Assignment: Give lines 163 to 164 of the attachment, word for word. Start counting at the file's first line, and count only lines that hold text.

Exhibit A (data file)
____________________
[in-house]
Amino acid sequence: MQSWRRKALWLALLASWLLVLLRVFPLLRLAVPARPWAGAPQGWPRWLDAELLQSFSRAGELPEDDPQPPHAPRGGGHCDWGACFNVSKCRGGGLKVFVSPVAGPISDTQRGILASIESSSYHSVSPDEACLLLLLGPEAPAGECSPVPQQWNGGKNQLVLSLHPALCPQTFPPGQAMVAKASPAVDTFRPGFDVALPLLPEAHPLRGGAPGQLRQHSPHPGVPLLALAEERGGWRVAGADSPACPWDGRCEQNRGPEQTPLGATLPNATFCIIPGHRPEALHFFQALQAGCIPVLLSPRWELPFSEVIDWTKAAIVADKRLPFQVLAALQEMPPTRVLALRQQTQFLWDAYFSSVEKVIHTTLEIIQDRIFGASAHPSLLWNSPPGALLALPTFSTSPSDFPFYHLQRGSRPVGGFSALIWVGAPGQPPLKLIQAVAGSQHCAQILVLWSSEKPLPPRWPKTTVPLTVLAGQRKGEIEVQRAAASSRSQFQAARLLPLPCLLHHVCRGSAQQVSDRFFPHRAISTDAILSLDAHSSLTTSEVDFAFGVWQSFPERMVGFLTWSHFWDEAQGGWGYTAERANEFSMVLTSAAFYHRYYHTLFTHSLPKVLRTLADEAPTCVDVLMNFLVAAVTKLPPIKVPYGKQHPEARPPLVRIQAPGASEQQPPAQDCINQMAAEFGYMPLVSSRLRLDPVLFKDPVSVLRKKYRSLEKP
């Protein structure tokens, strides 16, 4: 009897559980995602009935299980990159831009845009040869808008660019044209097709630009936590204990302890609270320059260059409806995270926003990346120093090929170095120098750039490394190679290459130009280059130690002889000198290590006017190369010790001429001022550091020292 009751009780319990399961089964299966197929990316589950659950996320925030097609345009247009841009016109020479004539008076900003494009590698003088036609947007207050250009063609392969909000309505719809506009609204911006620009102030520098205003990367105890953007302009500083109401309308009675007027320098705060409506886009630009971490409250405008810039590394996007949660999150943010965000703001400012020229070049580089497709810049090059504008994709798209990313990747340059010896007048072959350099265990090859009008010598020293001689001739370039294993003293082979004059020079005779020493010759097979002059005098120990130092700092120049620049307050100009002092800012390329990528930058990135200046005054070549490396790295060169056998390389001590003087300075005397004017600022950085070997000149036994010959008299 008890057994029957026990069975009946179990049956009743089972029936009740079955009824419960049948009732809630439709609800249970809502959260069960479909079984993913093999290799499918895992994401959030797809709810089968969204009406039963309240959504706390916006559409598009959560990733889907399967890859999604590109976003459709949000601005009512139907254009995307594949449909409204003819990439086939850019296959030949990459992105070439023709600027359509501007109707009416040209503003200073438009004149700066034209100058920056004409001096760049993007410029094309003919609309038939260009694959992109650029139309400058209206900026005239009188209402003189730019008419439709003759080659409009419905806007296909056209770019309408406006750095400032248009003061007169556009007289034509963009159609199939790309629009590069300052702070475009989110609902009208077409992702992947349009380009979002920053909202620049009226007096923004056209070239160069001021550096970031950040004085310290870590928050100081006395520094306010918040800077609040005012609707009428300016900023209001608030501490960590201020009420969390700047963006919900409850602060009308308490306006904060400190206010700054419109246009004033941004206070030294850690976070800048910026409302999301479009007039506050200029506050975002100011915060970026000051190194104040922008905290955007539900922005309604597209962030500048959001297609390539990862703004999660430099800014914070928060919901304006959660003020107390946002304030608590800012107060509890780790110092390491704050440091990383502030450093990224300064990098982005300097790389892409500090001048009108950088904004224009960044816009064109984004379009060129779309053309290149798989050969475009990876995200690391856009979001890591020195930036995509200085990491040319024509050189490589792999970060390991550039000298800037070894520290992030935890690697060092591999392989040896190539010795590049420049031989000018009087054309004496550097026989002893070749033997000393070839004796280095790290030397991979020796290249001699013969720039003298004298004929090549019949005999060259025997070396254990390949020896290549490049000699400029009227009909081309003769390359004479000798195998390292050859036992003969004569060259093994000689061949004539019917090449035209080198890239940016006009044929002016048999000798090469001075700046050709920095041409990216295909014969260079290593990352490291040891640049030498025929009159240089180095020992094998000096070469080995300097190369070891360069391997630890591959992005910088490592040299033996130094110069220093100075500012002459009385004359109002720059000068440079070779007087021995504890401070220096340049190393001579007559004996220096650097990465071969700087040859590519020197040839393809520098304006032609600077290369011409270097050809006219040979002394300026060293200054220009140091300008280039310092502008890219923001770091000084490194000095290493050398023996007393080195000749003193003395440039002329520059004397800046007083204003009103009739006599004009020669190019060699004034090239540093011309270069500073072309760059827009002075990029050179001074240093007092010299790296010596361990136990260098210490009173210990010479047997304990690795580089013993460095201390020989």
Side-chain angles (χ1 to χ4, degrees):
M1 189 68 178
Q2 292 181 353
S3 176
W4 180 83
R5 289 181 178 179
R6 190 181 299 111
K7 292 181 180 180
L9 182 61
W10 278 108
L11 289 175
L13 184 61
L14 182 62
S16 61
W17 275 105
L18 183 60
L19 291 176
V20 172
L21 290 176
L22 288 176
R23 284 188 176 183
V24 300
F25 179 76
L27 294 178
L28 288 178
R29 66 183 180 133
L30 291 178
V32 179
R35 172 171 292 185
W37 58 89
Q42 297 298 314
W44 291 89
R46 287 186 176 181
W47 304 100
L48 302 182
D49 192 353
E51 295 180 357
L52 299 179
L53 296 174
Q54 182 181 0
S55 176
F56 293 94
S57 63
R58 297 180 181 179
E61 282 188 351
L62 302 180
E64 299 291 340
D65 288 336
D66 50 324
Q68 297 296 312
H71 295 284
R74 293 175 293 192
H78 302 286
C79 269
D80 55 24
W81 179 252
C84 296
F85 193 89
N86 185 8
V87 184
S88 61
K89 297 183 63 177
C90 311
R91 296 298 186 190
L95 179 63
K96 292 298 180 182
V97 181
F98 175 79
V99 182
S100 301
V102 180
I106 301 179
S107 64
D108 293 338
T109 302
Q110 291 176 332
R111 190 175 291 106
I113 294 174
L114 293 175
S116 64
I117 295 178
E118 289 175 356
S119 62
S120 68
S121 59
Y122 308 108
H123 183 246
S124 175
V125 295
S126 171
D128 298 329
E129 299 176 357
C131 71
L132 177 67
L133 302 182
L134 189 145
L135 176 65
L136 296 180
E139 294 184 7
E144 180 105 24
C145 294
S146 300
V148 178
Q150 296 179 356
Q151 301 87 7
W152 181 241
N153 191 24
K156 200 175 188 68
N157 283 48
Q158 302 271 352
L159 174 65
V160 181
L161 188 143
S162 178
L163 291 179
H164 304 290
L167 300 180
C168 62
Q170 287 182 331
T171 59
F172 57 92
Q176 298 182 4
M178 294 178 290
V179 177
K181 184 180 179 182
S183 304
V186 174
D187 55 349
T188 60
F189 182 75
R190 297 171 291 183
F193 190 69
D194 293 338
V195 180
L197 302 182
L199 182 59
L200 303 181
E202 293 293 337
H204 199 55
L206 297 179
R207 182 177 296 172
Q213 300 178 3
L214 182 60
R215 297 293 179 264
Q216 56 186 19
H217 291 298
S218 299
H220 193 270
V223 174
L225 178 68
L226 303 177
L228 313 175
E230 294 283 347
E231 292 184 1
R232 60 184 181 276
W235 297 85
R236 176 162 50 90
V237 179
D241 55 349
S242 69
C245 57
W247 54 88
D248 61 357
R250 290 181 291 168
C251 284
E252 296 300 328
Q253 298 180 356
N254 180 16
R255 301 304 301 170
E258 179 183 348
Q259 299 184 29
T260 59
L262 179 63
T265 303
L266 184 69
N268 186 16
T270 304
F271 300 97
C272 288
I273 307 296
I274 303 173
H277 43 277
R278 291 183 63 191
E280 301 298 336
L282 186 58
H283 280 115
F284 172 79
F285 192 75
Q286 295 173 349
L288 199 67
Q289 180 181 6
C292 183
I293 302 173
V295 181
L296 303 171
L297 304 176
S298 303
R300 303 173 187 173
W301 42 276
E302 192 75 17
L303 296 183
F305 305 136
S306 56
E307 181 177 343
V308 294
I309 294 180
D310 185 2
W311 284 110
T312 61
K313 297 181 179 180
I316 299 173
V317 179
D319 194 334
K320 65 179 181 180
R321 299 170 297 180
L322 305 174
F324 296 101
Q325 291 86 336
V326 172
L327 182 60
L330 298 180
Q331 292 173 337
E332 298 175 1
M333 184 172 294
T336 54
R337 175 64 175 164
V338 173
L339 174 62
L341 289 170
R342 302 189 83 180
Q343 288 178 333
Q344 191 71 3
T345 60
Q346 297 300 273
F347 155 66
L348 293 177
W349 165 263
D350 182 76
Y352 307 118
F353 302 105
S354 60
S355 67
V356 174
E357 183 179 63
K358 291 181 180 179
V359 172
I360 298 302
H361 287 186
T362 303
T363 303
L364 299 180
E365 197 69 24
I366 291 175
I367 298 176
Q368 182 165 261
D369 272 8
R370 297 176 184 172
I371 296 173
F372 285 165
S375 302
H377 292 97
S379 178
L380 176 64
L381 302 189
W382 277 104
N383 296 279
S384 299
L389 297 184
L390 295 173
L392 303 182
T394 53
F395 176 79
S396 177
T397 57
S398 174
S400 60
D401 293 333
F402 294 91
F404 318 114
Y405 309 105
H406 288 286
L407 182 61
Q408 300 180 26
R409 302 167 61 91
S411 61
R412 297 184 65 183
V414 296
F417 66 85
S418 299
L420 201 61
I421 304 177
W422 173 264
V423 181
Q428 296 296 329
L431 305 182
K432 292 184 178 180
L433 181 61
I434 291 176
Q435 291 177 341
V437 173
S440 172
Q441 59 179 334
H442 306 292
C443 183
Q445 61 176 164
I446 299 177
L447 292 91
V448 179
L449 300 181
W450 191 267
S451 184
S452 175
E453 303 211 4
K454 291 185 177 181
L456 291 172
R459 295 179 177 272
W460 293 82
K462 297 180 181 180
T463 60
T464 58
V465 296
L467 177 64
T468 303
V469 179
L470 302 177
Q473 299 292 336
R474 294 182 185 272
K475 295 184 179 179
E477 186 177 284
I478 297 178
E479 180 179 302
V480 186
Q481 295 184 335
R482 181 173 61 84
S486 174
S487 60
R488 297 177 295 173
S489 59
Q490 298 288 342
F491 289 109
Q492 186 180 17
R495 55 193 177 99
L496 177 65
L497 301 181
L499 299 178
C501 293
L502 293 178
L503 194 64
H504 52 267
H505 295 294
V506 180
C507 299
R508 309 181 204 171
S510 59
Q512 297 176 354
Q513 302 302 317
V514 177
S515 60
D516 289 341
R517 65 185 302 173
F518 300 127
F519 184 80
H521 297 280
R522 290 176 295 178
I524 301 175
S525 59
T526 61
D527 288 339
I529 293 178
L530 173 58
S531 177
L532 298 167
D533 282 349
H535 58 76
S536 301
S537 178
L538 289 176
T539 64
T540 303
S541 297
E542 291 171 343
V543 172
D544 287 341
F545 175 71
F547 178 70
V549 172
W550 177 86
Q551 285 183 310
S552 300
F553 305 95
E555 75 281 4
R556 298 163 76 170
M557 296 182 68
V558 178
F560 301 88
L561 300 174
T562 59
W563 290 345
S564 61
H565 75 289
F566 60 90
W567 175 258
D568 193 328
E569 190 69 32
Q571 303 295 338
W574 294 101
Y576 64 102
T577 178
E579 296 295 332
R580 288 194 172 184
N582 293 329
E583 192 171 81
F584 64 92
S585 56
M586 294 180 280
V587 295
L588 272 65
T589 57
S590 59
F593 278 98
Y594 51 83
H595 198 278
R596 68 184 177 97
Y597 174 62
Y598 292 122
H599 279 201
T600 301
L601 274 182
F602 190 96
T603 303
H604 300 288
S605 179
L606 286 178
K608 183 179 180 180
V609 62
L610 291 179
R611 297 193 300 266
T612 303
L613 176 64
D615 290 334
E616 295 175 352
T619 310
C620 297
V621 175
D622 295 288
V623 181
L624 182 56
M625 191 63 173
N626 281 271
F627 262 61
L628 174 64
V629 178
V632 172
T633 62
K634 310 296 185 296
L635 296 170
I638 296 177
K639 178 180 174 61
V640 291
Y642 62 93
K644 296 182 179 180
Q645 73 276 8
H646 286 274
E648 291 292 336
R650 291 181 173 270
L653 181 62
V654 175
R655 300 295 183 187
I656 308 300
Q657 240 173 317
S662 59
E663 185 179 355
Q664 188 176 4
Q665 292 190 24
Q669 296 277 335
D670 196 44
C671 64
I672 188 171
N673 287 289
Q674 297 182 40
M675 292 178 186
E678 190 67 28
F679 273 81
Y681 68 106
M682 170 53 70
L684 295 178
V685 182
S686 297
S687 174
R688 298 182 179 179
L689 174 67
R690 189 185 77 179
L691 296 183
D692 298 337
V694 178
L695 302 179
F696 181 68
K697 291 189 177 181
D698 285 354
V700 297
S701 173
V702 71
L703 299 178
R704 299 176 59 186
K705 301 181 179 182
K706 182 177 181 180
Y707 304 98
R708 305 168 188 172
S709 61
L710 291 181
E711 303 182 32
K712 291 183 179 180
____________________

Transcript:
S242 69
C245 57